A rapidly descending mass, usually of snow, down a mountainside. Powder avalanches consist of a moving amorphous mass of snow. Slab avalanches occur when a large block of snow moves down a slope and can cut a swathe through the soil and sometimes erode the bedrock if the snow is wet. See A. V. Briuchanov (1967).
Avalanches of other substances are forms of mass movement, and are distinguished by the type of material involved. Debris avalanches are typically triangular in shape, and are associated with morphological discontinuities, such as scarps and road cuts; see Guadagno et al. (2005) Geomorph. 66, 1–4 on man-made cuts and debris slides. Rock avalanches occur when a jointed rock loses internal cohesion, until some sections are held together only by the friction between blocks. If this frictional force is lessened through water seepage, or if lateral support is removed, failure will occur. See Mitchell et al. (2007) Landslides 4, 3.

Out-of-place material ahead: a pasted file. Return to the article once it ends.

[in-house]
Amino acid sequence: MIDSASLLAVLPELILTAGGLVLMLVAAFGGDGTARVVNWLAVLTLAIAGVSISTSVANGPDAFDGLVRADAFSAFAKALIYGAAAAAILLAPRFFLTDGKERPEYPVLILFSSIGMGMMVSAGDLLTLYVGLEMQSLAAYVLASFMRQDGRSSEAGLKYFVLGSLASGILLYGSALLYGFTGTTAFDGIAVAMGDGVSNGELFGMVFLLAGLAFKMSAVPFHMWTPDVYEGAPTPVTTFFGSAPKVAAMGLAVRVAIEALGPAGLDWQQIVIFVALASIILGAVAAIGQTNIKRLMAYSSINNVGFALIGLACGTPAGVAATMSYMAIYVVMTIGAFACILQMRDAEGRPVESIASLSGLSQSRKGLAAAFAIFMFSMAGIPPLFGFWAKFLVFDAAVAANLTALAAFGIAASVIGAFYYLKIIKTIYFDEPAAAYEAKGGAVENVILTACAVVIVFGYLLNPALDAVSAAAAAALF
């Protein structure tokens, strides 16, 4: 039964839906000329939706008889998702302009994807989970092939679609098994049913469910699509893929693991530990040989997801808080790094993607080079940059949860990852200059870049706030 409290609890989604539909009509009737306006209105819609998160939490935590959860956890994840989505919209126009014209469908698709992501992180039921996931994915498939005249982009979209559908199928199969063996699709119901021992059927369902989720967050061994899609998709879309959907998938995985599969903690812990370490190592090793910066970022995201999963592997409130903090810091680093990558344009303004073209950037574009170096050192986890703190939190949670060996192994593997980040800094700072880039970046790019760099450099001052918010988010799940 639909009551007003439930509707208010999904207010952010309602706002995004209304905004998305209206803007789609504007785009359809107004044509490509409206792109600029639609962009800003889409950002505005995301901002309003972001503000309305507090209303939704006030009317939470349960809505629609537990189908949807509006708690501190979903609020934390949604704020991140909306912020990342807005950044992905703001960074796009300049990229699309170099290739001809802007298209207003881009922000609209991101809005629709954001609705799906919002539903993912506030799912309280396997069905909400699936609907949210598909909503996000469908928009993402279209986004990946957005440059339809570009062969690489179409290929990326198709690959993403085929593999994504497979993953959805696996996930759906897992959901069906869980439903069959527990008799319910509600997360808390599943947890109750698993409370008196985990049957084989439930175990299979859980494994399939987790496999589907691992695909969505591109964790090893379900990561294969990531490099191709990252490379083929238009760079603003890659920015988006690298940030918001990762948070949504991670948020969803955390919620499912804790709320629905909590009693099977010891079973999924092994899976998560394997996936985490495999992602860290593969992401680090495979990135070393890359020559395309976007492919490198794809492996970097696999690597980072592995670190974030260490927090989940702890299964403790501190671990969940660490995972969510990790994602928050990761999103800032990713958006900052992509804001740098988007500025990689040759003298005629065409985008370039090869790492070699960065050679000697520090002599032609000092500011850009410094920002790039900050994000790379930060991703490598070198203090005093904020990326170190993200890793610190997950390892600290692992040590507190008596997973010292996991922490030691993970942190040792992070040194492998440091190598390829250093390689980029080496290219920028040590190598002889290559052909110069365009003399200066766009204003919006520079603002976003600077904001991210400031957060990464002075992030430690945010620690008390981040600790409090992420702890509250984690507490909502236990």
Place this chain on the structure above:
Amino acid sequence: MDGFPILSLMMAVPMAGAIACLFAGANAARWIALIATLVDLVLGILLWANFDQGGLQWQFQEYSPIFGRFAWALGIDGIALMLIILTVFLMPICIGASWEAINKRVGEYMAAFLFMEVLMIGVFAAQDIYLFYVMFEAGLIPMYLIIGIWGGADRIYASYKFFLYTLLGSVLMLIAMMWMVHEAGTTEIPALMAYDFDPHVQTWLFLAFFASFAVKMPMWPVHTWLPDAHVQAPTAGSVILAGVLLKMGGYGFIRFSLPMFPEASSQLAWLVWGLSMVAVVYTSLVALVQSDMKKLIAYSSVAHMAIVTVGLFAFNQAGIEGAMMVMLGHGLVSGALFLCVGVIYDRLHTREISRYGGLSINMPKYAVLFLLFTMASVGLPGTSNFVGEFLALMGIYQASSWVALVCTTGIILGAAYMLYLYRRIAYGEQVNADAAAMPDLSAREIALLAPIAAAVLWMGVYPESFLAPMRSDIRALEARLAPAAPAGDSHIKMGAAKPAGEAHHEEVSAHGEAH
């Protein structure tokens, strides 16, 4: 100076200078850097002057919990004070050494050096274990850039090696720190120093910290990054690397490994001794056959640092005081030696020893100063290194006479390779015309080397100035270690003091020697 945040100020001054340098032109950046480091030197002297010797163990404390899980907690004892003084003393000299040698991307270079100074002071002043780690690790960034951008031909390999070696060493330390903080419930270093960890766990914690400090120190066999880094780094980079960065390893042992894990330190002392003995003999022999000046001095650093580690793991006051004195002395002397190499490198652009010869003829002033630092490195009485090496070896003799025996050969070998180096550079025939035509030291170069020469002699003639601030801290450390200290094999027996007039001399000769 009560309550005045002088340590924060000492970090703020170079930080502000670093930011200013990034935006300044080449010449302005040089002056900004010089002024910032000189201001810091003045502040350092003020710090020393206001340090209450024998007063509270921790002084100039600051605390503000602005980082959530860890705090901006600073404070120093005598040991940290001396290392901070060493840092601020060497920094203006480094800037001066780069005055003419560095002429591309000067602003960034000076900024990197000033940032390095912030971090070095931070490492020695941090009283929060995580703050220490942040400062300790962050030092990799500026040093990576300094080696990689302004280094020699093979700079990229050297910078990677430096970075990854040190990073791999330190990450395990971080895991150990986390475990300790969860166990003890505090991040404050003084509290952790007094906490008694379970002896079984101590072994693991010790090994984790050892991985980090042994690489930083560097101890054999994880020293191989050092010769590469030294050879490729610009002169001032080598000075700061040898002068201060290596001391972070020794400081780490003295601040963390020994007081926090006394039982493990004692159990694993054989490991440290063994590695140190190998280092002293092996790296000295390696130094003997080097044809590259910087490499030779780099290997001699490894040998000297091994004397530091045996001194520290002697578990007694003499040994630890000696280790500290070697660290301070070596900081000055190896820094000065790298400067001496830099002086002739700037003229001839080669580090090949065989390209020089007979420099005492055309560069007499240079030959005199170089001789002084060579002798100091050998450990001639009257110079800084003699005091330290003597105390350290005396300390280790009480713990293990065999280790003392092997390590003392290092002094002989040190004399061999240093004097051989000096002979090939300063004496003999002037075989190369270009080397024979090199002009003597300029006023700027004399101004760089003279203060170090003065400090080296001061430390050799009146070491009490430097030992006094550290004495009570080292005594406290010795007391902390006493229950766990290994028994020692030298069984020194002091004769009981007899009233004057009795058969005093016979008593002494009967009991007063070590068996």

Subjects: Meteorology and Climatology.